I went up to campus yesterday on my day off to a meeting centered around a new push to mentor our students. I have been on our college’s retention committee for two years now, and we are starting to see some of our ideas floating up through the bureaucracy of the college and becoming an actual part of what we do. Some of the changes so far have been with regard to easing registration, requiring students to visit their instructors to get drop slips signed, introducing a small set of students to a “how to do college” class, and so forth. The faculty side of things has largely been left out of the changes so far, but one of the things that I have been pushing for is starting to come into existence. I believe that students should have actual faculty advisors that they talk to, not for setting up schedules, but for more general college advice and help making it through the college process. Thus, we now have the beginning of a mentoring program. It will be slowly launched in a pilot program this fall, and the meeting yesterday was the first in a series of meetings to gain interest and see who would be willing to use their time for this.
The program itself, from what I understand, will be aimed fairly narrowly at first. We will be advising first-time-in-college, first-semester, full-time students. Out of our 5000 or so students, that means about 3-400 students that we will be directly mentoring in this first batch. I fully applaud this idea. I would love to see it expanded soon, but I know that it has to start somewhere. As the program sits now, we will be given 5-10 of these students to mentor, with the expectation that we will try to meet with them around three times a semester, serving as a person they can talk to about college, get advice from, and use as a sounding board. These are students who need all the help they can get, but, honestly, there’s probably not a single student on campus who could not use some set of advice.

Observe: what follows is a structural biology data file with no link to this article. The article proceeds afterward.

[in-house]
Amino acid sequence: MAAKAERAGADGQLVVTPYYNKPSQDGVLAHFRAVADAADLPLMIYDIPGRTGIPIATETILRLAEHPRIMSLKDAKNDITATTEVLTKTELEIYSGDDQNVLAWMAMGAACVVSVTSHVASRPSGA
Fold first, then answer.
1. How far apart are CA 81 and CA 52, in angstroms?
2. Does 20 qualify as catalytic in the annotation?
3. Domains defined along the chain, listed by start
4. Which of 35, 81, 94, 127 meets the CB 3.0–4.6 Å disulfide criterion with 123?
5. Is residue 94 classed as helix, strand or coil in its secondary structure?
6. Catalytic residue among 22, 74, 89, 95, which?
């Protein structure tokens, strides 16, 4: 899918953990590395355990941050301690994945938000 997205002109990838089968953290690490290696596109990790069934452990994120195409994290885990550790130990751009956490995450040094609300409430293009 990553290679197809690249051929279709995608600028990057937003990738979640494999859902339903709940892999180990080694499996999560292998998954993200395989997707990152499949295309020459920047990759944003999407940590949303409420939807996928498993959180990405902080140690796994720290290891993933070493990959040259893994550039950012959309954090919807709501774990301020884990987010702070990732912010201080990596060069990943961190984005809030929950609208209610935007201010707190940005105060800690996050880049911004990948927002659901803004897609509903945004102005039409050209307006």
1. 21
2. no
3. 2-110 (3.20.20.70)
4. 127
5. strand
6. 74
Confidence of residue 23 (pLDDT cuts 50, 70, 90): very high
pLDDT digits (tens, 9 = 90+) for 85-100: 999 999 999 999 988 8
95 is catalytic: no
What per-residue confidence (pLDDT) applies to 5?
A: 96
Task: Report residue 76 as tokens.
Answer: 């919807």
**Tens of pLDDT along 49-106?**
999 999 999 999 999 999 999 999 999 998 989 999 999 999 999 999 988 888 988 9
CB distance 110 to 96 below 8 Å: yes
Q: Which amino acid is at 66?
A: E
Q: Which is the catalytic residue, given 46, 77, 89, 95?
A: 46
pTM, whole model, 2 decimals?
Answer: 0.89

This was echoed in this article from the Chronicle recently. In it, community colleges are admonished to stop blaming others for the problems of students not succeeding and doing what they can internally to improve this. I think the retention work we have been doing, and this mentoring program as a part of it, is a good step along the way toward creating better chances for success among our students. As well, the second point from the article is also part of this. She says that colleges, especially community colleges, need to be better at guiding students through the process. Right now, our students, without a serious amount of advice outside of preparing schedules each semester, blunder forward until they have reached enough credits to do something with them. For many, the idea of a degree plan, a goal outside of taking their “basics,” or even what it takes to graduate, is something that only the most academically involved and prepared students have. A mentoring program can help focus the students in on their plans and help with general academic planning throughout their career. If we can get them in, out, and done, we will be succeeding. The longer they take, the more likely they are to not succeed. As well, the less focused they are, the less likely they are to reach a satisfactory conclusion to their academic career. Hopefully this mentoring program can get them going with that.
Programs like this are also an answer to the question of how we measure student progress. Right now, we are in this wave of measuring, one that looks at the progress that students make academically as they proceed through college. This article from The New York Times illustrates that, discussing the need for something that can measure progress and pointing out the different ways this is currently done. I think an equally valid measure is what success the students have in reaching their goals, regardless of specific success in a specific course. With a mentoring and advising program, that can be helped, as we can work with students who are often lacking in a real idea of what they want to do. This group we will be dealing with is especially unconnected to the traditional measures of success and progress, as they have no family experience to fall back on as to what they should be doing in college. What they know is that they are supposed to go to college to get something (often undefined) and that by taking classes they will somehow get there. I know we are not the first place to ever put in place an advising program, and I know that success with the program will depend on both instructor and student participation. However, if we can even point half of these students in a more productive direction, then we will have success. If they can come out with a better idea of what they need to be doing, what classes will get them there, and what they can do with the classes/degree afterwards, then we will have helped them along the way.